If tech support instantly and prejudicially assumes that the player asking for help is a thieving pirate with no morals, when said tech support has no possibility of an idea of what background this gamer had that led to the situation in question, and that “this particular “fan” is the scum of the Earth and deserves to be named and shamed harr harr”, the player can give only one well deserved response:

“FUCK YOU. How DARE you assume without any proof that I was out to rip you off! I just LOST $50 for a game I tried to support you with and you are treating me like a dickhead for it? FUCK YOU. Any help you thought you deserved in catching the real scammer is now not going to be provided for you. To hell with you if you think I will even breathe the same air as your games again.” And then proceeds to throw all games by said developer away.

I can still remember to this day old VHS tapes of Disney movies I watched when I was a kid: 101 Dalmatians would not have so much an anti-piracy “warning”, but rather a piracy “awareness” notice. It would spell out the differences between genuine copies and pirated copies. Genuine were colourful, clear, crisp, professional. Pirated were grainly, black and white, unclear, etc. And then it would proceed to say something like the following: “If you have bought a pirated copy under the pretense that it was genuine, please call this number and report where you bought it from to etc etc..” It was not by any means “you fucking thief fuck you because that’s what you MUST be”, which is what we seem to see all the time now.

Now forgetting the slightly funny issue of pirates who would have most likely removed that 101 Dalmations warning from their copies, and whatever you think of Disney’s copyright maximalism, you have to give them credit here for this rare occasion where they assumed the consumer was innocent first and foremost.

This is the old tradition that @SaikyoChamp seems to be keeping alive. Even although he did assume piracy had happened, innocently enough, he did not react in a destructive way.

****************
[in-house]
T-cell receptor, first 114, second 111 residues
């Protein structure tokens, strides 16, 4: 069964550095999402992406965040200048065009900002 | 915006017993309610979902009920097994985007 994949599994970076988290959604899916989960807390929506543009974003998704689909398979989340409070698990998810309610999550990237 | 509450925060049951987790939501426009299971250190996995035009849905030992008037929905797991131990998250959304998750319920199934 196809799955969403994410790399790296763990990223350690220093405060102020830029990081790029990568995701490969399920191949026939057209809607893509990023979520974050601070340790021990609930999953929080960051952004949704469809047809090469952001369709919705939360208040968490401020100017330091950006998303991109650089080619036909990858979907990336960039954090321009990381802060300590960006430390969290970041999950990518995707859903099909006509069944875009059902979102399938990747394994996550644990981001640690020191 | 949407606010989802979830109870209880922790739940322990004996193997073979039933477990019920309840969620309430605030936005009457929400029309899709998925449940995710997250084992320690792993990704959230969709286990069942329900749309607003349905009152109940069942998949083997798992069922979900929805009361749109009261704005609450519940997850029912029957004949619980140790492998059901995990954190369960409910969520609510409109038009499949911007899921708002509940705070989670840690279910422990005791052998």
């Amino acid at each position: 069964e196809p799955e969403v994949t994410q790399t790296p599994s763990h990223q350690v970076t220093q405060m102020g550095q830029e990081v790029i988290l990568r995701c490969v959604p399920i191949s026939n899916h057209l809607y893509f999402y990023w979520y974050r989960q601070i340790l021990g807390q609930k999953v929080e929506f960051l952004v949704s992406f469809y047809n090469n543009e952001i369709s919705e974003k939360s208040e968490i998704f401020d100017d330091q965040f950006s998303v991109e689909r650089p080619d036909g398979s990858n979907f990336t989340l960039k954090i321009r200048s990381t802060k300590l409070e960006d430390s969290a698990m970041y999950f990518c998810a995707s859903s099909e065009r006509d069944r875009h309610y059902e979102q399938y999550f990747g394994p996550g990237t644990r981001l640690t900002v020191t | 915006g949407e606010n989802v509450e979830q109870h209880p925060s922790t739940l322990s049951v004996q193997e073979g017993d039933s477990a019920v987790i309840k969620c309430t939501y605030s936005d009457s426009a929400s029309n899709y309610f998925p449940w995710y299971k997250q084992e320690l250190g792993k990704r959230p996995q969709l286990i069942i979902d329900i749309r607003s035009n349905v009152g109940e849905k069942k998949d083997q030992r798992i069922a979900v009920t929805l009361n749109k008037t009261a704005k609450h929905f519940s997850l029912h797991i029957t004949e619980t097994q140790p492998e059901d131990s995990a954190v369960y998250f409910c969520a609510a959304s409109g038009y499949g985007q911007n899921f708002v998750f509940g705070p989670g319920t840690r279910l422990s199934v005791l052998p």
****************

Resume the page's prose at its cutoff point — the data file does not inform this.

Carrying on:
But anyone who proceeds with a culture of blaming (ridiculing?) potential victims deserves the condemnation that is coming to them.

Easily Amused (profile) says:

Re: Re:

that’s a hell of a rant. That covers a niche situation accounting for maybe 1% of pirated copies.

You are ignoring that the user in question admitted to pirating it. Also that these days installing a cracked game that was originally only available on pc through steam requires you to jump through a couple hoops to allow it to be ignored by steam. You don’t get tricked into running this.

AJ (profile) says:

In Consistent Disagreement with Your Stance on Piracy

On the hand, I understand what you are saying about how to deal with piracy and the benefits of building consumer goodwill. But on the other hand, I think that outlook is very short-sighted.

Yes, the examples you bring up have gained in popularity because of their stances on piracy, but do you truly believe that is a common occurrence? And even if you did believe such, is anyone except the individual reaping the rewards of that open stance on piracy?

The TV and movie industry require a lot of moving part, and just because someone is achieving celebrity status for a mainstream stance does not mean that it is an effective solution to stopping the continually growing problem of piracy.

Mike Masnick (profile) says:

Re: In Consistent Disagreement with Your Stance on Piracy

Yes, the examples you bring up have gained in popularity because of their stances on piracy, but do you truly believe that is a common occurrence?

Whether or not it is common, what we have seen is that basically everyone who has taken an approach similar to this one — open, human and awesome — has found that they’ve benefited from it. At the same time, nearly everyone who has taken the “pirates must be stopped!” approach has found that it doesn’t help at all, and tends to only anger fans.

Which do you think is better?

is anyone except the individual reaping the rewards of that open stance on piracy?

Of course? If it’s leading to more revenue down the road then absolutely.

The TV and movie industry require a lot of moving part, and just because someone is achieving celebrity status for a mainstream stance does not mean that it is an effective solution to stopping the continually growing problem of piracy.

Huh? First, can you explain what the “continually growing problem of piracy” is? Because the stats suggest you’re wrong. Don’t fall for the hype.

Second, this isn’t about “achieving celebrity status.” It’s about winning fans who want to support you, because it’s a better experience than piracy. In other words, the creators we’re talking about are looking at piracy as a marketing problem, not a legal problem, and they’re finding a damn good way to turn it from a “problem” (as you call it) into an opportunity.

Why would you be against that?

ChrisH (profile) says:

It would also be nice if they could solve the problem of having to buy the same game twice just because you want to play it on different systems. It probably won’t happen though, because it makes them extra money. For that reason, I consider it perfectly acceptable to download a copy if you’ve already paid for one. Another situation would be if you bought a DVD and the disk became damaged.